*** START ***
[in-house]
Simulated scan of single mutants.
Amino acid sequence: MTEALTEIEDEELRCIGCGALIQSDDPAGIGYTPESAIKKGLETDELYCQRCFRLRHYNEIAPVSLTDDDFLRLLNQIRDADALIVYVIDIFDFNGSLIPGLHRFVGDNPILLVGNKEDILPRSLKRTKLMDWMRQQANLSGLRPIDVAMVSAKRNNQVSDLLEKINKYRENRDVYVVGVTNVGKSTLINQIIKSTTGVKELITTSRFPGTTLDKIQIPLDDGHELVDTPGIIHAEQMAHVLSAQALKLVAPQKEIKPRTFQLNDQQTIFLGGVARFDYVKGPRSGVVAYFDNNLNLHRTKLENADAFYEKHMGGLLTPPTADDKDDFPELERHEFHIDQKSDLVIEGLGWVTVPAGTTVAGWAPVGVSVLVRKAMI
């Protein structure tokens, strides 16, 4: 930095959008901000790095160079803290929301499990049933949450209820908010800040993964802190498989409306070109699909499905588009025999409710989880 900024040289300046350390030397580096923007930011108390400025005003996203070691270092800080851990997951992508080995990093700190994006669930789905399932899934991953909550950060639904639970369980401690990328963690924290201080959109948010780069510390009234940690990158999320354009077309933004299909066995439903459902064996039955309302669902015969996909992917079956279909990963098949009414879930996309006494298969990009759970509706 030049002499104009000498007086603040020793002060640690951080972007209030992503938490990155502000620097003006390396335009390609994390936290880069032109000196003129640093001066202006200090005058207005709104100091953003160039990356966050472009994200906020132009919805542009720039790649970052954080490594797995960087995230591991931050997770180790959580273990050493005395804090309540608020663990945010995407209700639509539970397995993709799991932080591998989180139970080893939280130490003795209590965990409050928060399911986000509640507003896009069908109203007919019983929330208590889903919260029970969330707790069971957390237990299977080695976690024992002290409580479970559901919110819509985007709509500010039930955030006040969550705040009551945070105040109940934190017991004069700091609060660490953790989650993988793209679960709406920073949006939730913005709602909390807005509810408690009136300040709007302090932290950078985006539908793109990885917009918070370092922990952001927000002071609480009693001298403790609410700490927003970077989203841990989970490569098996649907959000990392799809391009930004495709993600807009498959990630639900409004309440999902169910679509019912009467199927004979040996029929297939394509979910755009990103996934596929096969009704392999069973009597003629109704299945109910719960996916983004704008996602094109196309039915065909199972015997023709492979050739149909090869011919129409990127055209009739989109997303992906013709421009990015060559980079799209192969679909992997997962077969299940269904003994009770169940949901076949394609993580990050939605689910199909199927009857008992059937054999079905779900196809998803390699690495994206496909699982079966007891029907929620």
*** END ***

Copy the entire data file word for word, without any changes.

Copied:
[in-house]
Simulated scan of single mutants.
Amino acid sequence: MTEALTEIEDEELRCIGCGALIQSDDPAGIGYTPESAIKKGLETDELYCQRCFRLRHYNEIAPVSLTDDDFLRLLNQIRDADALIVYVIDIFDFNGSLIPGLHRFVGDNPILLVGNKEDILPRSLKRTKLMDWMRQQANLSGLRPIDVAMVSAKRNNQVSDLLEKINKYRENRDVYVVGVTNVGKSTLINQIIKSTTGVKELITTSRFPGTTLDKIQIPLDDGHELVDTPGIIHAEQMAHVLSAQALKLVAPQKEIKPRTFQLNDQQTIFLGGVARFDYVKGPRSGVVAYFDNNLNLHRTKLENADAFYEKHMGGLLTPPTADDKDDFPELERHEFHIDQKSDLVIEGLGWVTVPAGTTVAGWAPVGVSVLVRKAMI
């Protein structure tokens, strides 16, 4: 930095959008901000790095160079803290929301499990049933949450209820908010800040993964802190498989409306070109699909499905588009025999409710989880 900024040289300046350390030397580096923007930011108390400025005003996203070691270092800080851990997951992508080995990093700190994006669930789905399932899934991953909550950060639904639970369980401690990328963690924290201080959109948010780069510390009234940690990158999320354009077309933004299909066995439903459902064996039955309302669902015969996909992917079956279909990963098949009414879930996309006494298969990009759970509706 030049002499104009000498007086603040020793002060640690951080972007209030992503938490990155502000620097003006390396335009390609994390936290880069032109000196003129640093001066202006200090005058207005709104100091953003160039990356966050472009994200906020132009919805542009720039790649970052954080490594797995960087995230591991931050997770180790959580273990050493005395804090309540608020663990945010995407209700639509539970397995993709799991932080591998989180139970080893939280130490003795209590965990409050928060399911986000509640507003896009069908109203007919019983929330208590889903919260029970969330707790069971957390237990299977080695976690024992002290409580479970559901919110819509985007709509500010039930955030006040969550705040009551945070105040109940934190017991004069700091609060660490953790989650993988793209679960709406920073949006939730913005709602909390807005509810408690009136300040709007302090932290950078985006539908793109990885917009918070370092922990952001927000002071609480009693001298403790609410700490927003970077989203841990989970490569098996649907959000990392799809391009930004495709993600807009498959990630639900409004309440999902169910679509019912009467199927004979040996029929297939394509979910755009990103996934596929096969009704392999069973009597003629109704299945109910719960996916983004704008996602094109196309039915065909199972015997023709492979050739149909090869011919129409990127055209009739989109997303992906013709421009990015060559980079799209192969679909992997997962077969299940269904003994009770169940949901076949394609993580990050939605689910199909199927009857008992059937054999079905779900196809998803390699690495994206496909699982079966007891029907929620």